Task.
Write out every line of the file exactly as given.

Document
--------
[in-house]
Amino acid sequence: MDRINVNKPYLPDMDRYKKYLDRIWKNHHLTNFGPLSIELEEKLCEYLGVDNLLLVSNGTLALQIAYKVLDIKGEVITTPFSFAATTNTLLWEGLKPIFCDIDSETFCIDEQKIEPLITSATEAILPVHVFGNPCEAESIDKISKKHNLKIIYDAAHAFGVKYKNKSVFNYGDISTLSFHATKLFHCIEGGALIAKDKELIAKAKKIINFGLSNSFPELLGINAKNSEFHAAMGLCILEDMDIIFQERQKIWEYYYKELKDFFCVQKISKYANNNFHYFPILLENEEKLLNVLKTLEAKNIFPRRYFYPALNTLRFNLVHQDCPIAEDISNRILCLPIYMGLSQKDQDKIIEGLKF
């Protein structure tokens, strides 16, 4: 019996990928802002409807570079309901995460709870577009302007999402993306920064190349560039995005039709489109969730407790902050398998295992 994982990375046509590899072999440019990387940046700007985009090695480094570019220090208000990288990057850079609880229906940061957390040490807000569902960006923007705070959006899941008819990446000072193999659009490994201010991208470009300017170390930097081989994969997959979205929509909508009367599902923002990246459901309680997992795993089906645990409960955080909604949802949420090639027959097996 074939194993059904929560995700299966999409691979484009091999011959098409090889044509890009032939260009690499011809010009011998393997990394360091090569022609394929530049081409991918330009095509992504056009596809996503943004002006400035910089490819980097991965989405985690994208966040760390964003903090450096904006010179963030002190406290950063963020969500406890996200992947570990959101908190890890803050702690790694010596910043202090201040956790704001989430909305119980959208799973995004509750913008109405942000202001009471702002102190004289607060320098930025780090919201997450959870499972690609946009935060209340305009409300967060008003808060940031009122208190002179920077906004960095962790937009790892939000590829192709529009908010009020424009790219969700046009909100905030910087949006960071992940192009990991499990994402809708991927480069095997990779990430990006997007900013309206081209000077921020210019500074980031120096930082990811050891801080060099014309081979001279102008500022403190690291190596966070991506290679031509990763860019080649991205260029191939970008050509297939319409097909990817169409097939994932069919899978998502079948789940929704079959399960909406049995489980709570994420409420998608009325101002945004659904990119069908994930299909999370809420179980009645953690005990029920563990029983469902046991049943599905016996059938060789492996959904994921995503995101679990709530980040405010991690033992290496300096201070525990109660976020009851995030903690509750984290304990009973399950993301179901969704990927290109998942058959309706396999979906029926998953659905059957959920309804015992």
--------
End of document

[in-house]
Amino acid sequence: MDRINVNKPYLPDMDRYKKYLDRIWKNHHLTNFGPLSIELEEKLCEYLGVDNLLLVSNGTLALQIAYKVLDIKGEVITTPFSFAATTNTLLWEGLKPIFCDIDSETFCIDEQKIEPLITSATEAILPVHVFGNPCEAESIDKISKKHNLKIIYDAAHAFGVKYKNKSVFNYGDISTLSFHATKLFHCIEGGALIAKDKELIAKAKKIINFGLSNSFPELLGINAKNSEFHAAMGLCILEDMDIIFQERQKIWEYYYKELKDFFCVQKISKYANNNFHYFPILLENEEKLLNVLKTLEAKNIFPRRYFYPALNTLRFNLVHQDCPIAEDISNRILCLPIYMGLSQKDQDKIIEGLKF
């Protein structure tokens, strides 16, 4: 019996990928802002409807570079309901995460709870577009302007999402993306920064190349560039995005039709489109969730407790902050398998295992 994982990375046509590899072999440019990387940046700007985009090695480094570019220090208000990288990057850079609880229906940061957390040490807000569902960006923007705070959006899941008819990446000072193999659009490994201010991208470009300017170390930097081989994969997959979205929509909508009367599902923002990246459901309680997992795993089906645990409960955080909604949802949420090639027959097996 074939194993059904929560995700299966999409691979484009091999011959098409090889044509890009032939260009690499011809010009011998393997990394360091090569022609394929530049081409991918330009095509992504056009596809996503943004002006400035910089490819980097991965989405985690994208966040760390964003903090450096904006010179963030002190406290950063963020969500406890996200992947570990959101908190890890803050702690790694010596910043202090201040956790704001989430909305119980959208799973995004509750913008109405942000202001009471702002102190004289607060320098930025780090919201997450959870499972690609946009935060209340305009409300967060008003808060940031009122208190002179920077906004960095962790937009790892939000590829192709529009908010009020424009790219969700046009909100905030910087949006960071992940192009990991499990994402809708991927480069095997990779990430990006997007900013309206081209000077921020210019500074980031120096930082990811050891801080060099014309081979001279102008500022403190690291190596966070991506290679031509990763860019080649991205260029191939970008050509297939319409097909990817169409097939994932069919899978998502079948789940929704079959399960909406049995489980709570994420409420998608009325101002945004659904990119069908994930299909999370809420179980009645953690005990029920563990029983469902046991049943599905016996059938060789492996959904994921995503995101679990709530980040405010991690033992290496300096201070525990109660976020009851995030903690509750984290304990009973399950993301179901969704990927290109998942058959309706396999979906029926998953659905059957959920309804015992």